As our loved one begins their end-of-life journey, caregivers may find it overwhelming to figure out how to pay for hospice care. The first step is understanding the available coverage for hospice under Medicare and Medicaid. Knowing the federal and state resources available to you will help lighten your load during this stressful time and help your family prepare financially.
This guide will cover Medicare and Medicaid hospice coverage, the eligibility requirements, and what out-of-pocket costs you may incur. Equipped with this important hospice benefit knowledge, you can ensure your loved one receives the high-quality care they deserve, allowing them to live out their days comfortably.
Medicare-approved hospice programs cover all costs directly related to pain relief and symptoms associated with a terminal illness. Medicare will cover the following costs for up to six months. However, after six months, patients can continue to receive Medicare-covered hospice care if the hospice doctor recertifies that the individual is still terminally ill.1 Coverage includes the following:
Did You Know: Patients can still see their regular physician if the physician is elected to aid in supervising the patient's hospice care.
It's important to know the benefits Medicare will not cover once you initiate hospice care. Coverage does not include the following:
Did You Know: Keeping in close contact with your loved one's hospice care team helps avoid unexpected out-of-pocket costs. When in doubt, speak with a team member to confirm what services are covered.
To qualify for Medicare hospice coverage, the individual needs to meet the following requirements:
While Medicare fully covers a large portion of hospice services, including treatment from the hospice care team, occupational, physical, and speech services, and medical equipment, the patient may incur costs for some services:
Did You Know: If a prescription is not covered under the patient's Medicare hospice plan, ask a hospice care team member to inquire if the medication is covered under Medicare Part D.
Medicaid is a partnership between the federal government and individual states. Medicaid-covered hospice care is optional and varies by state. States that do provide Medicaid-funded hospice benefits must follow federal regulations for basic coverage. This coverage is similar to Medicare and includes providing:
As Medicaid is state-run, it's essential to confirm if your state offers Medicaid-covered hospice care and what benefits are included within the coverage.
The requirements to qualify for Medicaid hospice care will vary from state to state. If the patient qualifies for Medicaid, they must follow the requirements for Medicaid's hospice benefits.3 Common requirements include:
The time when someone can begin using Medicaid coverage for hospice services is based on the individual state's determination of life expectancy. For example, Indiana defines a terminal illness as having a life expectancy of six months or less, while Colorado's required prognosis is nine months or less.4
Older adults who qualify for Medicaid-covered hospice care are exempt from copayments, coinsurance, and deductibles. Hospice care, including room and board, is covered under Medicaid whether the individual lives at home or resides in a nursing home, assisted living facility, or rehabilitation center.5 Medicare doesn't offer hospice coverage for room and board, so this is an excellent benefit.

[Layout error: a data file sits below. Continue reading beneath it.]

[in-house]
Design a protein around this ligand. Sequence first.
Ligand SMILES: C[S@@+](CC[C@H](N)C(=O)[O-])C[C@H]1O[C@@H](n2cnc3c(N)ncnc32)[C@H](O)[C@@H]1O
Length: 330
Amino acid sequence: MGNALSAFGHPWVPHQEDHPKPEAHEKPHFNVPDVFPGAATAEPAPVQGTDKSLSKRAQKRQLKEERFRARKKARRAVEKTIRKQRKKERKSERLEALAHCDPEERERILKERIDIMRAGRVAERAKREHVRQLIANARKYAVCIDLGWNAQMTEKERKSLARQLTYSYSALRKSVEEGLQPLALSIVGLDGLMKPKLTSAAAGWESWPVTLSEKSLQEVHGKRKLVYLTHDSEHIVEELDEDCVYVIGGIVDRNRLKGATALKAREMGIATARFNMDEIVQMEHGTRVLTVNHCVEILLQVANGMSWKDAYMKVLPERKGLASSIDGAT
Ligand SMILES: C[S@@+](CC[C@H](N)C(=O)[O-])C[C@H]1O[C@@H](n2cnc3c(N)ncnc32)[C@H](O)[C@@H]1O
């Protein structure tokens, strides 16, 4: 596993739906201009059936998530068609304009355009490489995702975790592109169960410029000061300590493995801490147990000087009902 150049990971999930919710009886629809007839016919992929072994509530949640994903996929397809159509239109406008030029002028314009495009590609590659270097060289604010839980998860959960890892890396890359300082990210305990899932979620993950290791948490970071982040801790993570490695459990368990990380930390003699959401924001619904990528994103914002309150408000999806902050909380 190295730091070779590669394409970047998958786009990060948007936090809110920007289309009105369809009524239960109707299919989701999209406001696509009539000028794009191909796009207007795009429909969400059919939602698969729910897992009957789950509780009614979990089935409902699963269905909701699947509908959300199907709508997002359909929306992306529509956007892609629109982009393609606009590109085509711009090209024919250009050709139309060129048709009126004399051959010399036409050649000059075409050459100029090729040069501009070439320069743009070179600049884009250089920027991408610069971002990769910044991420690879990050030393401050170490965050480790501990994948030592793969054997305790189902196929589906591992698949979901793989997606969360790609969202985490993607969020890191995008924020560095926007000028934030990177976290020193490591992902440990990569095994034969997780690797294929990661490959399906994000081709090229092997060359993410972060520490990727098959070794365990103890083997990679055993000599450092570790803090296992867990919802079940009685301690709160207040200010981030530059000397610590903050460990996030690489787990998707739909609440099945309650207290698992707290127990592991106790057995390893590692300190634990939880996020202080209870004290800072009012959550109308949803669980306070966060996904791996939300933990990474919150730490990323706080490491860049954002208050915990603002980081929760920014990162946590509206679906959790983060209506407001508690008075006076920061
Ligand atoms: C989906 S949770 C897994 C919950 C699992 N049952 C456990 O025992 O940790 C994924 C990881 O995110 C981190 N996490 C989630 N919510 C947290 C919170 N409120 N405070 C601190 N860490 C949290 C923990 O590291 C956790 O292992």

If an individual doesn't qualify for Medicare or Medicaid, or the coverage they have simply isn't adequate, there are other ways to pay for hospice care.
|Option||Pros||Cons||Things to Consider|
|Private Health Insurance (HMO, PPO, POS)||Can be employer-sponsored or via individual coverage.||Potential for limited choice of in-network providers and hospitals; out of network providers may not be covered.||Coverage of hospice care and services will vary by plan.|
|Veteran Healthcare||Zero copays; wide range of veteran healthcare and living options.||Must meet eligibility requirements, including enlistment, duty, and type of discharge.||Must be enrolled in the VA's healthcare system to receive benefits.|
|Out of Pocket||Avoids debt if the individual does not qualify for full Medicare or Medicaid coverage.||Personal savings can be drained quickly due to high costs.||Before paying out of pocket, verify your state's Medicare and Medicaid eligibility requirements.|
|Reverse Mortgage||No monthly mortgage payment; the individual retains ownership of their home.||Must be 62 years or older to be eligible; costly due to multiple upfront and ongoing fees.||The loan amount depends on the individual's age, interest rates, and the home's value.|
|Grants & Donations||Some hospice organizations may offer care at no cost or at a reduced rate based on the individual's ability to pay.6||Not all hospice care facilities have the means to provide low- or no-cost service.||Research local non-profit and community-funded hospice care.7|
Since graduating from Harvard with an honors degree in Statistics, Jeff has been creating content in print, online, and on television. Much of his work has been dedicated to informing seniors on how to live better lives. As Editor-in-Chief of the personal… Learn More About Jeff Hoyt
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See local housing communities:
Medicare.gov. (2021). How hospice works.
Center for Medicare Advocacy. (2021). Hospice.
Medicaid.gov. (2021). Hospice Benefits.
KFF. (2018). Medicaid Benefits: Hospice Care
CMS. (2021). An Overview of the Medicaid Hospice Benefit.
American Cancer Society. (2021). How and Where Is Hospice Care Provided and How Is It Paid For?
Hospice Foundation. (2021). Paying for Hospice Care.